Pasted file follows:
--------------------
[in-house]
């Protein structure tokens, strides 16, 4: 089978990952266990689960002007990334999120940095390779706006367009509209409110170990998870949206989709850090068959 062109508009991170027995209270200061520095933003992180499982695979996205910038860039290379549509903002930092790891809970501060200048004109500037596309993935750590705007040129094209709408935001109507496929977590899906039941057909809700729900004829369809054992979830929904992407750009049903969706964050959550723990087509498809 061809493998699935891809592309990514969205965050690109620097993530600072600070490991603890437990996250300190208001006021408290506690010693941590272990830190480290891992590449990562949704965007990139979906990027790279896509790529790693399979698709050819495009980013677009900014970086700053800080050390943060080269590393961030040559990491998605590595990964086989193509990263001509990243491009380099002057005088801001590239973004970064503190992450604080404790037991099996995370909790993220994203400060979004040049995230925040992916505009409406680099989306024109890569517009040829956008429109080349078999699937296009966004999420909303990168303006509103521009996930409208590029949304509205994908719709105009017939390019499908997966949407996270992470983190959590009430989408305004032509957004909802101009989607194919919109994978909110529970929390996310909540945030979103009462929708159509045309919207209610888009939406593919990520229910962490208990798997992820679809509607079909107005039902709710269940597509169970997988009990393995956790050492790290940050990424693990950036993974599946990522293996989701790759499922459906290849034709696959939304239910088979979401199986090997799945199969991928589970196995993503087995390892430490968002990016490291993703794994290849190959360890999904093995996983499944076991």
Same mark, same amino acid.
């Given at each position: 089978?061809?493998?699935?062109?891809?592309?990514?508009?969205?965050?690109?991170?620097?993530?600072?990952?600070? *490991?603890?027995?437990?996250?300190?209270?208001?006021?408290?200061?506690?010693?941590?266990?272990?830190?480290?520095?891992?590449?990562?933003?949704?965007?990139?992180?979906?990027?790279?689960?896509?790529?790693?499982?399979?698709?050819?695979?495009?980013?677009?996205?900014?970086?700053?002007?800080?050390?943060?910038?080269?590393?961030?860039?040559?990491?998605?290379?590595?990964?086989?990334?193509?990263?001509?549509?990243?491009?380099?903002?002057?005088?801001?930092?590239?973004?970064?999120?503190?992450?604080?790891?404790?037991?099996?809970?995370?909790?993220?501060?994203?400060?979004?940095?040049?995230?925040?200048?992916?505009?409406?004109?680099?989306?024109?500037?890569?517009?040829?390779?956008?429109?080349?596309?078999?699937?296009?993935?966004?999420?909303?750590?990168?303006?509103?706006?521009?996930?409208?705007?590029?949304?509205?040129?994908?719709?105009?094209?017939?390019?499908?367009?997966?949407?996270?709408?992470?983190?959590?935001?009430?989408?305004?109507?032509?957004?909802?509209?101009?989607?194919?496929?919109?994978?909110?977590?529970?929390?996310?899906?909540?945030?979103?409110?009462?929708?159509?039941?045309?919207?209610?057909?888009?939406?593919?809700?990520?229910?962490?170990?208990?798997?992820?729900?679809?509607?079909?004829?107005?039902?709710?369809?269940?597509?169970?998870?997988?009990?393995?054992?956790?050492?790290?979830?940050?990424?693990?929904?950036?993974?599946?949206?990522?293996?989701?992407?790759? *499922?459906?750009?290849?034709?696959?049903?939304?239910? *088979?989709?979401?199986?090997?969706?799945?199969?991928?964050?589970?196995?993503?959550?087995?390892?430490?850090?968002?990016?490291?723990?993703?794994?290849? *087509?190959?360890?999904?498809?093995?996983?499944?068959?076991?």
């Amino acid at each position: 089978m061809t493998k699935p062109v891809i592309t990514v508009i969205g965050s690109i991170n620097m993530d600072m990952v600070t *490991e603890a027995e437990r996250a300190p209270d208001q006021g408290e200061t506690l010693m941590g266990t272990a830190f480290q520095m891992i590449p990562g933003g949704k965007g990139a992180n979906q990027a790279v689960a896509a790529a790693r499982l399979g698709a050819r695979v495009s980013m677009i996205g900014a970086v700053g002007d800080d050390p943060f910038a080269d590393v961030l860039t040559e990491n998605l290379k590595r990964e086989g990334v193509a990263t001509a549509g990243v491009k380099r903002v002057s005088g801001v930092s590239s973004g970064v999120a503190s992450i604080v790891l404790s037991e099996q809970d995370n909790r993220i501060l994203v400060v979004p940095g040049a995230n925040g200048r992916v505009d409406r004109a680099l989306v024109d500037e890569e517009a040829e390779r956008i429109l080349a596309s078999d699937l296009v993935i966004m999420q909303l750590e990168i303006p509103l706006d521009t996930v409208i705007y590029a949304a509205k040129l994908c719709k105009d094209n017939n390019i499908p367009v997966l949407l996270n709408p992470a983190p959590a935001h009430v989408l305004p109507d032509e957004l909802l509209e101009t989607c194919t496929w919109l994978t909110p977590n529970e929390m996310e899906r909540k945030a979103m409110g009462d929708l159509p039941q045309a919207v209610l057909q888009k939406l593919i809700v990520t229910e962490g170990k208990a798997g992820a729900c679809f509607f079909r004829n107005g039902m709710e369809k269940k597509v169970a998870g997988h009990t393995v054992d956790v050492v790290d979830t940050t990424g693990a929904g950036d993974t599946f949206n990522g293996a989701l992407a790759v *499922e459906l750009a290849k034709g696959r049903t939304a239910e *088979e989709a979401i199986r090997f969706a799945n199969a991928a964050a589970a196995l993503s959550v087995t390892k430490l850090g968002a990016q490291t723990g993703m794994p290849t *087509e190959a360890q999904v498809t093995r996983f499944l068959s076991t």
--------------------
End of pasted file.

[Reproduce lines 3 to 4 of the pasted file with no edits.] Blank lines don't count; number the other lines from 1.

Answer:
Same mark, same amino acid.
């Given at each position: 089978?061809?493998?699935?062109?891809?592309?990514?508009?969205?965050?690109?991170?620097?993530?600072?990952?600070? *490991?603890?027995?437990?996250?300190?209270?208001?006021?408290?200061?506690?010693?941590?266990?272990?830190?480290?520095?891992?590449?990562?933003?949704?965007?990139?992180?979906?990027?790279?689960?896509?790529?790693?499982?399979?698709?050819?695979?495009?980013?677009?996205?900014?970086?700053?002007?800080?050390?943060?910038?080269?590393?961030?860039?040559?990491?998605?290379?590595?990964?086989?990334?193509?990263?001509?549509?990243?491009?380099?903002?002057?005088?801001?930092?590239?973004?970064?999120?503190?992450?604080?790891?404790?037991?099996?809970?995370?909790?993220?501060?994203?400060?979004?940095?040049?995230?925040?200048?992916?505009?409406?004109?680099?989306?024109?500037?890569?517009?040829?390779?956008?429109?080349?596309?078999?699937?296009?993935?966004?999420?909303?750590?990168?303006?509103?706006?521009?996930?409208?705007?590029?949304?509205?040129?994908?719709?105009?094209?017939?390019?499908?367009?997966?949407?996270?709408?992470?983190?959590?935001?009430?989408?305004?109507?032509?957004?909802?509209?101009?989607?194919?496929?919109?994978?909110?977590?529970?929390?996310?899906?909540?945030?979103?409110?009462?929708?159509?039941?045309?919207?209610?057909?888009?939406?593919?809700?990520?229910?962490?170990?208990?798997?992820?729900?679809?509607?079909?004829?107005?039902?709710?369809?269940?597509?169970?998870?997988?009990?393995?054992?956790?050492?790290?979830?940050?990424?693990?929904?950036?993974?599946?949206?990522?293996?989701?992407?790759? *499922?459906?750009?290849?034709?696959?049903?939304?239910? *088979?989709?979401?199986?090997?969706?799945?199969?991928?964050?589970?196995?993503?959550?087995?390892?430490?850090?968002?990016?490291?723990?993703?794994?290849? *087509?190959?360890?999904?498809?093995?996983?499944?068959?076991?």